In a recent thread, the choice of flux for electronics work was being discussed, and as I mentioned there, I like to devise my own flux recipes. Since I didn't have any experience with water soluble fluxes, I decided, after some reading, to go to the lab and make some for testing.
I'll describe the process of creating the formulation, but you can just skip it to the final recipe.
Ok, first step, ingredient choice: prior art recommends an organic acid. I wanted excellent water solubility, so I thought about lactic acid, citric acid and glutaric acid. Settled for citric, since it will be easily available for any hobbyist, and it's non toxic (main component of lemon juice).
But, citric acid is a solid and I wanted a viscous liquid flux for easier handling, and that doesn't immediately run away from the soldering iron tip.
So, second ingredient: water soluble high boiling solvent. I had a bottle of PEG-300 (low molecular weight polyethylene glycol) nearby, so immediately decided to use it. I prepared a solution of 20% citric acid and 80% PEG-300.
Later, at home, I tested this flux, and it's pretty decent, but has low activity; clearly 20% citric acid is not enough, about as strong as unactivated rosin, or maybe even less. Moreover, PEG-300 sucks as solvent, because it can't handle the soldering temperature and quickly chars. On the bright side, it can be easily cleaned even with cold water, that's definitely very nice compared to rosin flux, which as everyone knows, is very difficult to clean.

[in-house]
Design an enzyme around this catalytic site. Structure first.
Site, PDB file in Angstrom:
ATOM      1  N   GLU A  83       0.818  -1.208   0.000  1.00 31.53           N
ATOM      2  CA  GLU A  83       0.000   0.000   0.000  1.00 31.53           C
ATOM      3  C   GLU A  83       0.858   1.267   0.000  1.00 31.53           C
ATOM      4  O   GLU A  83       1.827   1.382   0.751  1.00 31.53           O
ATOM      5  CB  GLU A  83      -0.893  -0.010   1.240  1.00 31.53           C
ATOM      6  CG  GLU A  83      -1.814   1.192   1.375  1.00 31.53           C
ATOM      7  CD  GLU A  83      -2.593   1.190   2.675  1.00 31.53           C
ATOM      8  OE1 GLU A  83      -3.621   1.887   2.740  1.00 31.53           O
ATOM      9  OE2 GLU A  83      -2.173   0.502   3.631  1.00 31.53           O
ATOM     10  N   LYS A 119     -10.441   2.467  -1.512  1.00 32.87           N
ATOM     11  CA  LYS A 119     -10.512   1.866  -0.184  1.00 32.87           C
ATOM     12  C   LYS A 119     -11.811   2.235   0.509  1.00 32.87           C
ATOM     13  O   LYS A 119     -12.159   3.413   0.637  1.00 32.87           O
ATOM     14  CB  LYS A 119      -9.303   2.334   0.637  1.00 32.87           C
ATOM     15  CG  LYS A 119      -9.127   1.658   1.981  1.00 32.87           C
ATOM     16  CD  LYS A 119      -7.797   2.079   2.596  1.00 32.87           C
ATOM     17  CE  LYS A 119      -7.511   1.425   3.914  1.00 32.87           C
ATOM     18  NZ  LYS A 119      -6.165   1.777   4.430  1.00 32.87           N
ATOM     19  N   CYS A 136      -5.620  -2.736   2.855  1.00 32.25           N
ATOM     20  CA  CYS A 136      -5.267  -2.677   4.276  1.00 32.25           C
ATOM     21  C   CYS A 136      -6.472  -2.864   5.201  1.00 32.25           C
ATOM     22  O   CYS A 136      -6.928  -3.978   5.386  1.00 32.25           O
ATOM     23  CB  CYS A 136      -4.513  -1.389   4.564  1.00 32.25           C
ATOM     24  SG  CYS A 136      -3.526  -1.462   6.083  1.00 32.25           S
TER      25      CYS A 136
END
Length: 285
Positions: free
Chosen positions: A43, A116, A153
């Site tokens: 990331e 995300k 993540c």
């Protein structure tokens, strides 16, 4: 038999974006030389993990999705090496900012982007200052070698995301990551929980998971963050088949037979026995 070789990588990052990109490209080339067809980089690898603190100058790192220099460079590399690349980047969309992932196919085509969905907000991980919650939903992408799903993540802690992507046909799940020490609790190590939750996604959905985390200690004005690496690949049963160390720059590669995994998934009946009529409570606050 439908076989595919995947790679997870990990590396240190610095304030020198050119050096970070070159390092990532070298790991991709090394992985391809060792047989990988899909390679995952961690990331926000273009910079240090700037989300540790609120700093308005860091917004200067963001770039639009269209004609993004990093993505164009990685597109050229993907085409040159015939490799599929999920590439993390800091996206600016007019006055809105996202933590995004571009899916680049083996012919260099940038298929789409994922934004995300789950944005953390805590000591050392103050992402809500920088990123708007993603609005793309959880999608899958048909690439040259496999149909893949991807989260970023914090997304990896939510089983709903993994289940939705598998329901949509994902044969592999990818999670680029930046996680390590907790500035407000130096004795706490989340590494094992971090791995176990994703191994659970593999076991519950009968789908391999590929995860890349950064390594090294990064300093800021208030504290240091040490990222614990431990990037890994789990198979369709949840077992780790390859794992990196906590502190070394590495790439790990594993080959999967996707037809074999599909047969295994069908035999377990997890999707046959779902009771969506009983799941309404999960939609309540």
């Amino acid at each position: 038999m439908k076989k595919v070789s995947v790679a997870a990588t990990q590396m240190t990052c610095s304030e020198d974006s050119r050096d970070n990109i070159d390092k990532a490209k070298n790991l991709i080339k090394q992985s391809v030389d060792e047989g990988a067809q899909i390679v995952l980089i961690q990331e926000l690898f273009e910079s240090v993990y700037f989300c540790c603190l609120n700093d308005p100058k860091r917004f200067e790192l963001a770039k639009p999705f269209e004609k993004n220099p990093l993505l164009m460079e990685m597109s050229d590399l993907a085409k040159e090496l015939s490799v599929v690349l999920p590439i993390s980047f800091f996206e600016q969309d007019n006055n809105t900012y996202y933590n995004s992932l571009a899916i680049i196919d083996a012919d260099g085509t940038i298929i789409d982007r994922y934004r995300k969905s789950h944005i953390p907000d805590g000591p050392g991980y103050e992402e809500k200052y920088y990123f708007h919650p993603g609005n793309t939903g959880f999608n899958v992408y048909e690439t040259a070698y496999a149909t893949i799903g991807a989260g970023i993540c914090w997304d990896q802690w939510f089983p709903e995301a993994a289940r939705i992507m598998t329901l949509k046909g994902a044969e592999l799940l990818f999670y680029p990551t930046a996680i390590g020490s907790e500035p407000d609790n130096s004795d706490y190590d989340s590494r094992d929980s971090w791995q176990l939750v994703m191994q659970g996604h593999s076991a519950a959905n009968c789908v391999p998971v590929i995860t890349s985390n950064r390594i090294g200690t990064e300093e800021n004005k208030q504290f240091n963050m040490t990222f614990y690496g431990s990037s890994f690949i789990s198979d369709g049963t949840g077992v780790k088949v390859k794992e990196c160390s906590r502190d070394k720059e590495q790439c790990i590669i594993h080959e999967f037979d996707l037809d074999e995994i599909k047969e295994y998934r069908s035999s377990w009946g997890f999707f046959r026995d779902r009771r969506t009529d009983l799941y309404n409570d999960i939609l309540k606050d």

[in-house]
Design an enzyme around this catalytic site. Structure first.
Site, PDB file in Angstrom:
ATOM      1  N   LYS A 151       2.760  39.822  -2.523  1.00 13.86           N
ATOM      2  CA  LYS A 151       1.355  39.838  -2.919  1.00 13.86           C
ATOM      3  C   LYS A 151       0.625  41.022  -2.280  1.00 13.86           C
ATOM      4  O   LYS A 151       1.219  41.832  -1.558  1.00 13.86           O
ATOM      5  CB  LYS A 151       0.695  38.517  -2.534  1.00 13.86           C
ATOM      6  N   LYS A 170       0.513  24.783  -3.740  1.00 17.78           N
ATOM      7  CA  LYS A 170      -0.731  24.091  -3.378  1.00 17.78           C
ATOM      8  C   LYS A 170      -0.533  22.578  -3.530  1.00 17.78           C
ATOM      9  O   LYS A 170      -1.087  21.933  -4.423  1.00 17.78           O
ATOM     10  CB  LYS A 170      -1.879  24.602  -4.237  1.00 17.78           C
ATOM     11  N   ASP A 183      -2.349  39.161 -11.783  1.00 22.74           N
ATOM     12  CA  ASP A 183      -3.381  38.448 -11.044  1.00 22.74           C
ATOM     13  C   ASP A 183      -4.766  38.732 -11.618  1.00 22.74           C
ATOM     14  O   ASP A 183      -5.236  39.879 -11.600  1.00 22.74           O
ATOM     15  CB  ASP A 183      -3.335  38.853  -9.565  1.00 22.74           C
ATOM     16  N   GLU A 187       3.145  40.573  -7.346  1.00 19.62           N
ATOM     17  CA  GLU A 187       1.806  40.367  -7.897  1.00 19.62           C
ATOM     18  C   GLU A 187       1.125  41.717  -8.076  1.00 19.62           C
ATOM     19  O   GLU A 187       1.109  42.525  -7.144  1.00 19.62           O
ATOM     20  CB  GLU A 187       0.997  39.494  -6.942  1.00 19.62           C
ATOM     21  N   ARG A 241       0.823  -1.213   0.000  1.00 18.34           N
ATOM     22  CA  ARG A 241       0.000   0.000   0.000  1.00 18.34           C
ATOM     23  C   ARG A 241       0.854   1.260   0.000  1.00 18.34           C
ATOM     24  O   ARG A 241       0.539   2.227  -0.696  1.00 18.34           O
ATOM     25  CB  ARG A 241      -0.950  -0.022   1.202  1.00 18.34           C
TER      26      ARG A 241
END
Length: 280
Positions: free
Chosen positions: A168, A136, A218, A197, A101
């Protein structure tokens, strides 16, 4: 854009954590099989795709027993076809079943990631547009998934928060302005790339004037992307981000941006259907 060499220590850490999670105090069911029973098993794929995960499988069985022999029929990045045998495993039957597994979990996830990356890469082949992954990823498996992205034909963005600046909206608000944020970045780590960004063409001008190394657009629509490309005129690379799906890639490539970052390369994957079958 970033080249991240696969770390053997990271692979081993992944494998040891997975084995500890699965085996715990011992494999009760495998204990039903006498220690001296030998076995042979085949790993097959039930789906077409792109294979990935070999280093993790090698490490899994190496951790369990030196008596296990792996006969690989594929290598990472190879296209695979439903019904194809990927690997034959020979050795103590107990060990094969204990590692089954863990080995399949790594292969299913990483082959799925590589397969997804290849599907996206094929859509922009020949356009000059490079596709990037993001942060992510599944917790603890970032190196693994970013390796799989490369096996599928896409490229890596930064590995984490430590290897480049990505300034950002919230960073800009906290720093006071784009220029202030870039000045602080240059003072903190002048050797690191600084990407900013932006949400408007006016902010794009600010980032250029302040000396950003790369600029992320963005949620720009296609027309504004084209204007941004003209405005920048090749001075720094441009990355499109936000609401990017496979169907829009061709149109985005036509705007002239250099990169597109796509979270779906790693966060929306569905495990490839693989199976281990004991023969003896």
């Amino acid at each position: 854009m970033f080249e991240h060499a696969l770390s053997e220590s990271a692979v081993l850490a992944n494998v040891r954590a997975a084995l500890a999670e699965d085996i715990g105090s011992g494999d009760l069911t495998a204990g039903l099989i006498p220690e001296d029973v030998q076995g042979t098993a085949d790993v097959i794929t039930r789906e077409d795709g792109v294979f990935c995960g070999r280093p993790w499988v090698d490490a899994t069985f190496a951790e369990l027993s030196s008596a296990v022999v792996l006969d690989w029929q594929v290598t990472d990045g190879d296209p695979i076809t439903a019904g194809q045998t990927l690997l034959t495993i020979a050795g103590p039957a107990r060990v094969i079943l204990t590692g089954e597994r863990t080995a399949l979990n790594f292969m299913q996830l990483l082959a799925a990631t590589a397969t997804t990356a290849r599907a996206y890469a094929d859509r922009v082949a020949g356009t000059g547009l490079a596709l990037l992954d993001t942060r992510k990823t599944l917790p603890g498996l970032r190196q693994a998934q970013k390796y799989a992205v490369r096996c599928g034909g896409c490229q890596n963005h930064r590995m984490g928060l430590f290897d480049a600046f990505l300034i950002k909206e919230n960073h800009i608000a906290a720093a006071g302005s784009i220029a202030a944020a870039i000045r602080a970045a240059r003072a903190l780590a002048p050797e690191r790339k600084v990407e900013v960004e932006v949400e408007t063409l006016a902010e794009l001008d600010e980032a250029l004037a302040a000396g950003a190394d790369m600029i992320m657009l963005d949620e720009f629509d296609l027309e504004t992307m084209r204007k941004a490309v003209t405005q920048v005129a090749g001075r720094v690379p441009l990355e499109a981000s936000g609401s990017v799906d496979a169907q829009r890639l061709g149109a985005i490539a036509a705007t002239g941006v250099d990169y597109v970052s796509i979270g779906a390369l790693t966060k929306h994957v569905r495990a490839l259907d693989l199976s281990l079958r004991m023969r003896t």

Besides, after some more reading, I found that PEG can penetrate in the circuit board material at high temperatures and degrade its electrical insulation properties. This was all tested in the nineties, so I was making progress and almost arriving at the 21st century in terms of flux technology. Good.
This literature also mentioned glycerin, and I though: "of course, how didn't I think about it!". Glycerin will surely be an excellent solvent, and also much easier to obtain for an hobbyist than PEG.
However, there was a possible problem: glycerin and citric acid could react and form a polymer (like a plastic of sorts). I checked the literature and this indeed happens at high temperatures, forming a foam. Moreover, the polymer could form on storage and the flux could become semisolid over time.
To prevent this, I added water as a final ingredient; this will prevent the reaction during storage, but during soldering, the water will evaporate, so my hope was that the polymer didn't form immediately, so you have time to solder.
Glycerin, 2 parts
Citric Acid, 2 parts
Water, 1 part
Mix the glycerin and water until they form an homogeneous solution, then add the citric acid, heat with an heat gun until the citric acid dissolves, but don't let the water boil out (don't overheat).
I tested this flux and it works quite well, very active (once the water evaporates, that's 50% citric acid in glycerin), resists well to heat, allowing to work the solder with no hurries, can be easily cleaned with warm water or even cold water. The polymer only forms on the soldering iron, were the heat is very strong. It's a white foam that darkens after a while, but it's easy to clean.
In my opinion, it's much better than rosin flux, but I only used it for a couple days, maybe in time I will find my boards full of corrosion, who knows. For now I'm happy with the results.
Citric acid and glycerin can be purchased with no difficulties and are quite cheap.